July 4th is always the time of year for red-blooded, patriotic Americans to fire up the grill, throw the kids around in the pool, wave a few flags and shoot off some fireworks… all in the name of celebrating the fact that we live in the greatest nation the world has ever seen.
Yes, without question, America is the greatest nation. There are no asterisks on that statement. Don’t let anyone tell you any different.
Sure, we spend far too much of our time these days shooting ourselves in the foot and annoyingly arguing on social media about our different opinions, but the unparalleled freedom that allows us to do all of that to ourselves is actually part of what makes us so special. The very fabric of our country started as part of a rebellion, and 243 years later that feisty independent streak in all of us is still strong as garlic. We began as rabble-rousers and, whether we like it or not, that national tradition still runs deep in our collective bones.
That rebellion back in 1776 was because our founding fathers were sick and tired of mother England using their big government ways to constantly tell them what to do, say, plant, tax, worship, sell, consume, etc. They wanted the freedom to make their own decisions. They wanted independence.
These early founding fathers also recognized clearly something else that too many of us modern-day Americans seem to forget: with all that freedom comes the elevated demand for personal responsibility. It was a package deal and the stakes were high.
They knew there was risk involved. They knew this whole America thing might not work. Freedom and liberty were just a concept and the quest to attain it could have gone wrong in so many ways. They bravely risked the loss of all that they owned… imprisonment… even death, and they did it in so many more ways than we can even imagine today. When is the last time you rolled the dice like that?
As you flip the burgers this week, don’t just raise a toast to freedom without also showing some respect for the healthy dose of personal responsibility that gets served up with it.
Today, it seems too many Americans want to have their cake and eat it too. They want all the fun that comes with liberty and freedom but without the risk and work that accompanies it.
Personal responsibility isn’t just some touchy-feely concept; it is the key to everything. For example, our biggest workforce challenge today is the fact that too many of our people have trouble with reading, writing, drugs and soft skills (code for manners). That reality is a sad indictment of our society on so many levels. Think a diminished value in instilling personal responsibility over the years has any impact on those tough issues? Of course, it does.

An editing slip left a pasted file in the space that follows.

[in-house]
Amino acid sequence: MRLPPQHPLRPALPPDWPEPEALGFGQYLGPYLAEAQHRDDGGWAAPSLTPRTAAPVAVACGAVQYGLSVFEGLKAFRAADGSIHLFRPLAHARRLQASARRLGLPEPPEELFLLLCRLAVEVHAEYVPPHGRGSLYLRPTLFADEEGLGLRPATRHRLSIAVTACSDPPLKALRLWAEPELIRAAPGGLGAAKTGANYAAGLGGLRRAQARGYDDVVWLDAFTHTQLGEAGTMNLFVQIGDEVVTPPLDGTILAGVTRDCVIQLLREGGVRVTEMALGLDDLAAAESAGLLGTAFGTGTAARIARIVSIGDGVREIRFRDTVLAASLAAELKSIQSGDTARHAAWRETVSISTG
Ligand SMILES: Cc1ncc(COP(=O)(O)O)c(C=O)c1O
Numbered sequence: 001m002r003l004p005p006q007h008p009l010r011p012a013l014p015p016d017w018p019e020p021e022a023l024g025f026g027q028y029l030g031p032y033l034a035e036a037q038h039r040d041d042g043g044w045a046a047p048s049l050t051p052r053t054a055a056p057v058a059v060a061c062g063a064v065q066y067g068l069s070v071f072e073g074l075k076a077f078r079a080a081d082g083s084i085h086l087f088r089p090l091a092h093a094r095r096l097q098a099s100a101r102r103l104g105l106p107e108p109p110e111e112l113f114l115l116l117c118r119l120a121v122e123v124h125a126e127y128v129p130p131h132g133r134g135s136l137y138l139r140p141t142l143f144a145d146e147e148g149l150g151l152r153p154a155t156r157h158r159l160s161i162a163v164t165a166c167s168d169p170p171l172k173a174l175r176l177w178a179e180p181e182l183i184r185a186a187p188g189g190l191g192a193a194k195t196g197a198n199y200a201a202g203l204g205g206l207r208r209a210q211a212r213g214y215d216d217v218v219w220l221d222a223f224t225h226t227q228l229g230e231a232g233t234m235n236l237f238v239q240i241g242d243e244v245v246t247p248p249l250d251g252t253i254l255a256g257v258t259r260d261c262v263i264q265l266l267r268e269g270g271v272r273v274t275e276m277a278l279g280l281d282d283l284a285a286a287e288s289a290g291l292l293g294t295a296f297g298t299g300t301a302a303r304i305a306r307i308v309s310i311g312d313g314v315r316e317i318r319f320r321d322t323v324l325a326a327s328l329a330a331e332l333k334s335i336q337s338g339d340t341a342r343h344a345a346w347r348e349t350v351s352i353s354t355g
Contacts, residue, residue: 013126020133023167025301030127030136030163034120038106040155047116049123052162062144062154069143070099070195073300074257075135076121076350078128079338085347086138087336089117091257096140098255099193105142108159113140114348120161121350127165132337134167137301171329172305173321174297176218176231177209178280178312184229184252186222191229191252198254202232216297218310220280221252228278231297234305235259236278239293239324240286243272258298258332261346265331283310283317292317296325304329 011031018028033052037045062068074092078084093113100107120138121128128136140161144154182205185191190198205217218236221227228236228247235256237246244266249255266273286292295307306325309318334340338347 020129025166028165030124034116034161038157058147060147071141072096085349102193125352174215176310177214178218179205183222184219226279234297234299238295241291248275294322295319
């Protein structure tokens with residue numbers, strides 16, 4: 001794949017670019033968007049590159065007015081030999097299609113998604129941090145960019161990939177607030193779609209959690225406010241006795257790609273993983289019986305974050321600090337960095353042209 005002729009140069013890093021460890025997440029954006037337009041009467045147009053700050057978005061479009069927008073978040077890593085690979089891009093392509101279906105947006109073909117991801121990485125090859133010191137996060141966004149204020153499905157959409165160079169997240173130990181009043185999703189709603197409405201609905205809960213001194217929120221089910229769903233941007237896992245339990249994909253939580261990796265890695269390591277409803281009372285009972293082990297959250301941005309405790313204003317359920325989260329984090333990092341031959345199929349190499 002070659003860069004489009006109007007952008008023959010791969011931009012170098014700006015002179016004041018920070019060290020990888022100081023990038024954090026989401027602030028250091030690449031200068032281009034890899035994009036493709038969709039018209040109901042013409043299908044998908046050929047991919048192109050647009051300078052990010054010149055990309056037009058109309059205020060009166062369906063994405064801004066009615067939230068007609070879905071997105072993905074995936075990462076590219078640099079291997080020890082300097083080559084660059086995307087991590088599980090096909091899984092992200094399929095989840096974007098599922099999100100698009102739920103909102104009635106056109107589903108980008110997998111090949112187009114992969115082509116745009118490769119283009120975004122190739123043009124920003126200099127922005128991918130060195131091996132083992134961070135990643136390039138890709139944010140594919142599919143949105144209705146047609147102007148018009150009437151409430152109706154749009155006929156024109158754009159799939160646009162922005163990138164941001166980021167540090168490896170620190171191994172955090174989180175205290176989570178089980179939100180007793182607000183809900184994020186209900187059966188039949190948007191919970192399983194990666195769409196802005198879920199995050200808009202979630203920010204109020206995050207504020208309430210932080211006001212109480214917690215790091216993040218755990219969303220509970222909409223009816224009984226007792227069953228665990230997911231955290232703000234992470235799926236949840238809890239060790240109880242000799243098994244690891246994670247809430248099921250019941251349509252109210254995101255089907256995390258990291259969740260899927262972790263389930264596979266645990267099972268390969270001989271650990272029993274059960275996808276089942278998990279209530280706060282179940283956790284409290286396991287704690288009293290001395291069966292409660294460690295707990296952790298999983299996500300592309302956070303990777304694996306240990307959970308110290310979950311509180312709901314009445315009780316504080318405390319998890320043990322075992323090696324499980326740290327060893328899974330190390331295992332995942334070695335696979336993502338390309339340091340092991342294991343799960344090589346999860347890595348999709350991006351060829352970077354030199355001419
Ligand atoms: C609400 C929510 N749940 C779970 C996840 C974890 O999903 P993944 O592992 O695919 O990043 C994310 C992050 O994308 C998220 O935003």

When did expecting and demanding manners, hard work, respect and personal responsibility slip off the checklist of what it means to be an American?
This country is awesome because it guarantees everyone the right to pursue the American dream. It does not, however, guarantee everyone will get the hand-designed American dream of their choosing on their own terms delivered to their door. You have to work for it. You have to play by the rules. You have to love this country, live by its ideals and sometimes put country first. You have to be a good person and that includes being an involved parent. Sometimes everything goes according to plan and sometimes it doesn’t, and that is just the way it goes. Every now and then you must take a risk and live with the consequences of those decisions. This is what freedom and liberty used to look like.
When our founding fathers threw tea in the harbor, they didn’t demand less taxation AND free tuition for everyone. When they crossed the Delaware to fight for freedom, they didn’t do it while protesting for free government-run health care regardless of how well they took care of their own bodies. When they yelled for England to give them liberty or give them death, they really meant it.
They didn’t skip work when they felt like staying home to binge-watch their favorite show and they didn’t hire a lawyer every time they got their feelings hurt. They sucked it up more times than they wanted to, and they didn’t whine about having to do so.
It’s time to get back to basics. It’s time to remember why this whole thing called America even started in the first place. It was because roughly 250 years ago some brave people wanted the opportunity to build their own life on their own terms and with certain values. They wanted liberty and were willing to lay it all on the line to get it.
Maybe it is appropriate to reflect on whether we have done a good job as descendants in carrying on the legacy of our founding fathers as they intended. Have we created the America they themselves dreamed of? Or are we on the path of recreating the England they risked everything to get away from? If we are being honest with ourselves as a society, it is time to get this thing back on track.
July 4th is Independence Day… not dependence day. Let’s all take the personal responsibility to start acting like it.
Stephen Waguespack is president of the Louisiana Association of Business and Industry (LABI)